Exhibitions

 

“Which is more abstract; a mushroom or your smartphone?“

Erik Swars

matchbaco is very pleased to announce that “ICH”, the second solo exhibition by Leipzig, Germany based artist Erik Swars, is to be held from September 4th, 2015.

Swars, whose studio is located in Spinnerei Leipzig, a former spinning factory now known as a source of contemporary art, is a young rising painter of the Post New Leipzig School.

The exhibition title “ICH”, meaning “I” in German, reflects Swars’ quest for the “existence of myself”.

Swars’ work confronts themes such as “the relationship between national and governmental authority and the private individual” and “the connection between humanity and nature” through abstract works of geometric configurations. He works in a variety of genres; as well as large-scale oil paintings with wood broad, flowing strokes, he also works in lino prints and sculptures.

In recent years, influenced by his study of technological change and globalisation, Swars has explored the potential for expanding classical aesthetic paintings by using materials such as lenticular lenses, which change the picture depending upon the angle from which they are viewed.

This exhibition comprises his latest works, lenticular lens 3D prints (the original painting was destroyed by fire), along with his most recent paintings and drawings, which are tinged with figurative themes.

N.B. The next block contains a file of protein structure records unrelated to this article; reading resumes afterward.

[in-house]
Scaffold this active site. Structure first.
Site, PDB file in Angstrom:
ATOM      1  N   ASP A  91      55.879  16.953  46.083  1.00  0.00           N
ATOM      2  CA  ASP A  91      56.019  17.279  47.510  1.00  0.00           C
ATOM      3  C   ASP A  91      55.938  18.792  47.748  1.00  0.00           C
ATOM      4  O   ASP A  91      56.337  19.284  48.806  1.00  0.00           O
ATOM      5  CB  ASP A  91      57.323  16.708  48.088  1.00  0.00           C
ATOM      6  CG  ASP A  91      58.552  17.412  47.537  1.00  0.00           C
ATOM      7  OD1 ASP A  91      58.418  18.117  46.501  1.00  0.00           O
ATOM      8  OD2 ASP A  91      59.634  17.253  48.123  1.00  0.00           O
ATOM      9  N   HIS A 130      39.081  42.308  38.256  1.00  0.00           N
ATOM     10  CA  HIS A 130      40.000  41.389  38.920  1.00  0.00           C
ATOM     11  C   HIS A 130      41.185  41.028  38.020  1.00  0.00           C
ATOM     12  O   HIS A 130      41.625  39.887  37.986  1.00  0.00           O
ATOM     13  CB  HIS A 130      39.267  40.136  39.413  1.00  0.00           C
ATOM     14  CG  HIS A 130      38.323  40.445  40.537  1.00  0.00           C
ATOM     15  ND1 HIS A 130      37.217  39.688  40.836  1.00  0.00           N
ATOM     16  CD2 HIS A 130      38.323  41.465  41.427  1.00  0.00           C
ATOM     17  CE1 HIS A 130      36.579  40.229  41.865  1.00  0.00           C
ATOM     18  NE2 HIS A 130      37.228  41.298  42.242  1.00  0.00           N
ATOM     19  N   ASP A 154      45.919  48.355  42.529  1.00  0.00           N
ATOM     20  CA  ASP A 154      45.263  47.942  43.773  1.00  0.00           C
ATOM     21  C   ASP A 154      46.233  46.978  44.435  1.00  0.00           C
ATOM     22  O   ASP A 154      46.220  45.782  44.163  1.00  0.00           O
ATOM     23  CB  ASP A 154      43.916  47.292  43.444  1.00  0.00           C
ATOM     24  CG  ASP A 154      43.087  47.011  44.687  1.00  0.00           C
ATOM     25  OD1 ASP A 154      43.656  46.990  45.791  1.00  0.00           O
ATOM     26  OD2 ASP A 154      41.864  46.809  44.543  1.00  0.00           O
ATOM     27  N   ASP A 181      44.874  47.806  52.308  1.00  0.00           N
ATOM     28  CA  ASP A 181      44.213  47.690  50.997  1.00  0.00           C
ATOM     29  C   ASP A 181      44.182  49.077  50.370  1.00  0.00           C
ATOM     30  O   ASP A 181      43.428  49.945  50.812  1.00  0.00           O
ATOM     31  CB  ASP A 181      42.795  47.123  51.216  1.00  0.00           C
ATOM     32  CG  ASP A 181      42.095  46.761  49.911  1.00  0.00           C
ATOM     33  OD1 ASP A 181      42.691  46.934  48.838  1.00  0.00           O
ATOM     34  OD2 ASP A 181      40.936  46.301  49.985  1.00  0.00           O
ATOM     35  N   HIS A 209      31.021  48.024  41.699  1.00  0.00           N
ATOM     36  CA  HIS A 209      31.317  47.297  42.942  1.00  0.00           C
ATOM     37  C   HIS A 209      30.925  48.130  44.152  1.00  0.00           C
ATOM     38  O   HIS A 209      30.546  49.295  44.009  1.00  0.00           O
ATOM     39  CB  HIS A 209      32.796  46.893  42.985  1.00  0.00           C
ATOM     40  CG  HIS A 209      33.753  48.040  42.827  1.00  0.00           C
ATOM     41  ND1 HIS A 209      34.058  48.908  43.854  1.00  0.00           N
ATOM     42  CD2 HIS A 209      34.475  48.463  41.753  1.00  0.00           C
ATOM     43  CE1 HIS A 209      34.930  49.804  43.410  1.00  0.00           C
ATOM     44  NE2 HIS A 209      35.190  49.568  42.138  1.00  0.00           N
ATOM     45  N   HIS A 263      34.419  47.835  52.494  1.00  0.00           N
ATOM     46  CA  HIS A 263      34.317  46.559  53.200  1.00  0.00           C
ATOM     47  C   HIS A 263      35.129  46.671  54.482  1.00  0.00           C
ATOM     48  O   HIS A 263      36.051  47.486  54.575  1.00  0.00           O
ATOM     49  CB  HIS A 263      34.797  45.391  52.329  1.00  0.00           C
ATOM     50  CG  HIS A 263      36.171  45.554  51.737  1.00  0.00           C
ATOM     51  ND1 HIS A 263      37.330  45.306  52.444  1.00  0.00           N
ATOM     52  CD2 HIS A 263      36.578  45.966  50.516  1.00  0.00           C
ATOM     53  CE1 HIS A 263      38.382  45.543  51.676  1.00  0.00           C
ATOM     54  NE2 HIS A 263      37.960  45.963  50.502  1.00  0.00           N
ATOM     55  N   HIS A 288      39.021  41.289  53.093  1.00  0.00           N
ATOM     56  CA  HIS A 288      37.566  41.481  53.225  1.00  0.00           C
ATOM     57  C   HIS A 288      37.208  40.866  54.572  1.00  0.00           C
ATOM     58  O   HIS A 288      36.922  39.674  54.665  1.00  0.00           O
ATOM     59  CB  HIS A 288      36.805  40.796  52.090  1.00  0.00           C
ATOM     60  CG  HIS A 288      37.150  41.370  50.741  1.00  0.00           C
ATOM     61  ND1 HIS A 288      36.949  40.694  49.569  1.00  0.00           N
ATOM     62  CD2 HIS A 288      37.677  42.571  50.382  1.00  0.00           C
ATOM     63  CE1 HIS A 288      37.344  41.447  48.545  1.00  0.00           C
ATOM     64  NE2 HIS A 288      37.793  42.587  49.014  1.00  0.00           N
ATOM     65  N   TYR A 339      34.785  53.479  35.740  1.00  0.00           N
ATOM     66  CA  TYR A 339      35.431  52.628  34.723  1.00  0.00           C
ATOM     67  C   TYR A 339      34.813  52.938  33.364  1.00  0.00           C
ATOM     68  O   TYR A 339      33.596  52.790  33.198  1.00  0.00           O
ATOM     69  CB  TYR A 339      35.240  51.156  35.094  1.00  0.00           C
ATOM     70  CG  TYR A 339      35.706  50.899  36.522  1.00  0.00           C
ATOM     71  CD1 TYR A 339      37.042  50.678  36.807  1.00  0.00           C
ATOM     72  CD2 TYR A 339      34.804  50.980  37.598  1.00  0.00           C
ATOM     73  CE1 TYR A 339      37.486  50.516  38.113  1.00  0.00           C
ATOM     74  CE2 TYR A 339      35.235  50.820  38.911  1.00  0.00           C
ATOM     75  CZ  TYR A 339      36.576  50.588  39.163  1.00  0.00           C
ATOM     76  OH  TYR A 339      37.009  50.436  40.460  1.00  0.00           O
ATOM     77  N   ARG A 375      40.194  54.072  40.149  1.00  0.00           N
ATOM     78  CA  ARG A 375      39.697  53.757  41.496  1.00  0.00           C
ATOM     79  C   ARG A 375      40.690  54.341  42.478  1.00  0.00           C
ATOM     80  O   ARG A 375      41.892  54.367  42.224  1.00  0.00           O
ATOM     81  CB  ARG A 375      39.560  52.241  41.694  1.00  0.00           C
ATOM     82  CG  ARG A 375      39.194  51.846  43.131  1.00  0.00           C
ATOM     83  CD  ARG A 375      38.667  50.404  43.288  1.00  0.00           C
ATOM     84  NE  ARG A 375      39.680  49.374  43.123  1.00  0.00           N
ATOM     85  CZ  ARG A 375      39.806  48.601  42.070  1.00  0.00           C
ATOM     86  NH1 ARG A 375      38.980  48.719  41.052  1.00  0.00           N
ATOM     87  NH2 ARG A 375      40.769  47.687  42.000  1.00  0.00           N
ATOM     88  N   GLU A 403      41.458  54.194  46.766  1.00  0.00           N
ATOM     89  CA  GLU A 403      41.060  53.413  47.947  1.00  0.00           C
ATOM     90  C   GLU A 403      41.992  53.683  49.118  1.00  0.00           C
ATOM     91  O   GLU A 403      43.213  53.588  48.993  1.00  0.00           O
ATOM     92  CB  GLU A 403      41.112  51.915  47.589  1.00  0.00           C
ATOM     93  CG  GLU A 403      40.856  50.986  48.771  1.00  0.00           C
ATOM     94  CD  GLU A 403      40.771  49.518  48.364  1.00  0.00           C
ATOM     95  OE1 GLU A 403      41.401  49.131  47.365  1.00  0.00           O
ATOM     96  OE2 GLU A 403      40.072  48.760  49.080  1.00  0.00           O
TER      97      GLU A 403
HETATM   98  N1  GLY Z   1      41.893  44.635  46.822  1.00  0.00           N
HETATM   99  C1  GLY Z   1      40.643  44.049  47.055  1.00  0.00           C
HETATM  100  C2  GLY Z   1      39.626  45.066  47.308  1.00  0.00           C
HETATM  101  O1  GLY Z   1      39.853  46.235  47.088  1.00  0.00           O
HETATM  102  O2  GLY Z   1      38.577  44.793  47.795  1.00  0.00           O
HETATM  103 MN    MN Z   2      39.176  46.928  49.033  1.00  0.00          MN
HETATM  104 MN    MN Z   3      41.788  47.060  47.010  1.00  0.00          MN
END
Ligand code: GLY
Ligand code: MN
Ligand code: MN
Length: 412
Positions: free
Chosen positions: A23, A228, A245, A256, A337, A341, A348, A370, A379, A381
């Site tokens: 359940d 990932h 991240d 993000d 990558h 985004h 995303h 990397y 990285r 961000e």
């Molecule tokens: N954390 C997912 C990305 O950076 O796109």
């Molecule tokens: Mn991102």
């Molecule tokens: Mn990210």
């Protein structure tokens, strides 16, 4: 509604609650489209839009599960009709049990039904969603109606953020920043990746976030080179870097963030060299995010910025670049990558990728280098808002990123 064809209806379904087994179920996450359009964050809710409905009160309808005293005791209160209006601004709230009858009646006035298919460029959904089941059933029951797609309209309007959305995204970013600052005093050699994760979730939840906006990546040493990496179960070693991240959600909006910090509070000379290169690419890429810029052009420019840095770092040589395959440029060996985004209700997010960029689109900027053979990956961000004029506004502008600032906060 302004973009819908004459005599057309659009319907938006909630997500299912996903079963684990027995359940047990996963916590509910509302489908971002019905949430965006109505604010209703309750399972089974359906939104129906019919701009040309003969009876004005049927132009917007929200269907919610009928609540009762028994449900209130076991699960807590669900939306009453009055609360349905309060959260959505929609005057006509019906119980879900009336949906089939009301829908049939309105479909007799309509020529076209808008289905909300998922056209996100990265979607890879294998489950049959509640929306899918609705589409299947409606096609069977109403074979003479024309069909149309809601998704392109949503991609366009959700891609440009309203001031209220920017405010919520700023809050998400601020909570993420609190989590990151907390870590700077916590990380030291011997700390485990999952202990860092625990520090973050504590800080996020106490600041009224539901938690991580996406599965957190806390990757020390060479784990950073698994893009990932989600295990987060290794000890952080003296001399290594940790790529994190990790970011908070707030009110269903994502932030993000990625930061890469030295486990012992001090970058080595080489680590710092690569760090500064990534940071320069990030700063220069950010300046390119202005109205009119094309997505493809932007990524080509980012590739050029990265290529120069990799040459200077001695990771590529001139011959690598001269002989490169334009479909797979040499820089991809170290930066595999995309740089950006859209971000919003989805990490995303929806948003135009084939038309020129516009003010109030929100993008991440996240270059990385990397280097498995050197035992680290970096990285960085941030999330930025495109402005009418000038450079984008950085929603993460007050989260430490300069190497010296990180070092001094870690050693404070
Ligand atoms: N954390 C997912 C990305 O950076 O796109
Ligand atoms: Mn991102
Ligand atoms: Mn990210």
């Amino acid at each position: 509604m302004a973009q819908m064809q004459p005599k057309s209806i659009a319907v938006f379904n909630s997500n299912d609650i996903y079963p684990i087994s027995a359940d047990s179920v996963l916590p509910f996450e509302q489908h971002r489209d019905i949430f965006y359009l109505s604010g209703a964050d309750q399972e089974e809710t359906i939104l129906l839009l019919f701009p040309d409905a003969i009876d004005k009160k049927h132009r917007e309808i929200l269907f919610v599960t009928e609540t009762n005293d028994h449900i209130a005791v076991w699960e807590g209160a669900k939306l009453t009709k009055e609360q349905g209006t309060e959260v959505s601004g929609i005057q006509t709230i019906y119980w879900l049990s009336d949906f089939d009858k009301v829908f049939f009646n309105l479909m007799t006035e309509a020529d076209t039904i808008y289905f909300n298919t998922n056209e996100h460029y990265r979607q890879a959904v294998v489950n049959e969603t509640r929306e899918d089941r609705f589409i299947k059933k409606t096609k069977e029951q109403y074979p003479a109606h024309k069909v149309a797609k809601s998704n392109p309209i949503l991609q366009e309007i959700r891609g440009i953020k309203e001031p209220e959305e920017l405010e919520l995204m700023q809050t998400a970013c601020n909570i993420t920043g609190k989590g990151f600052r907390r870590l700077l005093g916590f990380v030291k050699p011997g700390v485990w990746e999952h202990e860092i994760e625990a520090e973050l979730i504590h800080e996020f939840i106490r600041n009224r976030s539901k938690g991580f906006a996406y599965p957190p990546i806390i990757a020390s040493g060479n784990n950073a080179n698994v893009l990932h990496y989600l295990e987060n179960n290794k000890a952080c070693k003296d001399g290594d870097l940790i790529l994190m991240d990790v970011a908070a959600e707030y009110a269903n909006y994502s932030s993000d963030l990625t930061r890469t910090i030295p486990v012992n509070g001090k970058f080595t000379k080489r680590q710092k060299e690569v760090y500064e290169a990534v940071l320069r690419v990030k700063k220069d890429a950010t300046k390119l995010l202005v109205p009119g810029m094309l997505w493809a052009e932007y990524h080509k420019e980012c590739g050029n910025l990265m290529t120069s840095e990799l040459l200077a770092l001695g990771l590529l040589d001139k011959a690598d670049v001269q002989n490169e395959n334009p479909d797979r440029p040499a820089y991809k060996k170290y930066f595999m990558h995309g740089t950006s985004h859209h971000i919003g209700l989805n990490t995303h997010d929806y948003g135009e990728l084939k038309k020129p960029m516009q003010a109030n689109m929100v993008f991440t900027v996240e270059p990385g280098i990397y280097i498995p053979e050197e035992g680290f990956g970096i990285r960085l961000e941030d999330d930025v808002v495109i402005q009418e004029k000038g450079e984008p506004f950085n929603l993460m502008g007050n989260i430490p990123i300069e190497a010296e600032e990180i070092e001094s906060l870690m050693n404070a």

The artist will be present for the exhibition, and an introduction and description of the works by the artist will be held at the opening reception.

The Artist

Erik Swars

Erik Swars studied under Jochen Plogsties in Burg Giebichenstein Kunsthochschule Halle and graduated in 2016. He also studied from O JUN in Tokyo National University of the Arts from 2013 until 2014. He first were working the geometric landscape full of screen with vivid colors, reminiscent of the surrealism and metaphysical paintings such as New Leipzig School or Giorgio de Chirico. In the process of continuing production with his master Jochen Plogsties, in recent years his works have been becoming more minimalistic like Suiboku-ga style. “Painting capturing the moment” could be said as his work, on the multiple-layered surface made with gesso and opaque watercolor gouache supporting the various expression struck with dark blue oil painting, not to dare to paint until he is satisfied in painting his subconscious thoughts, to leave the instinctual strokes of the brush unchanged, the strength sharpen and soften and the dryness of the brush. Swars uses the image sources that he finds on a catalog of the old master paintings, or the images on the Internet. He avoids the distinct frontal nature, he draw out a spread image that leads the viewpoint in various directions.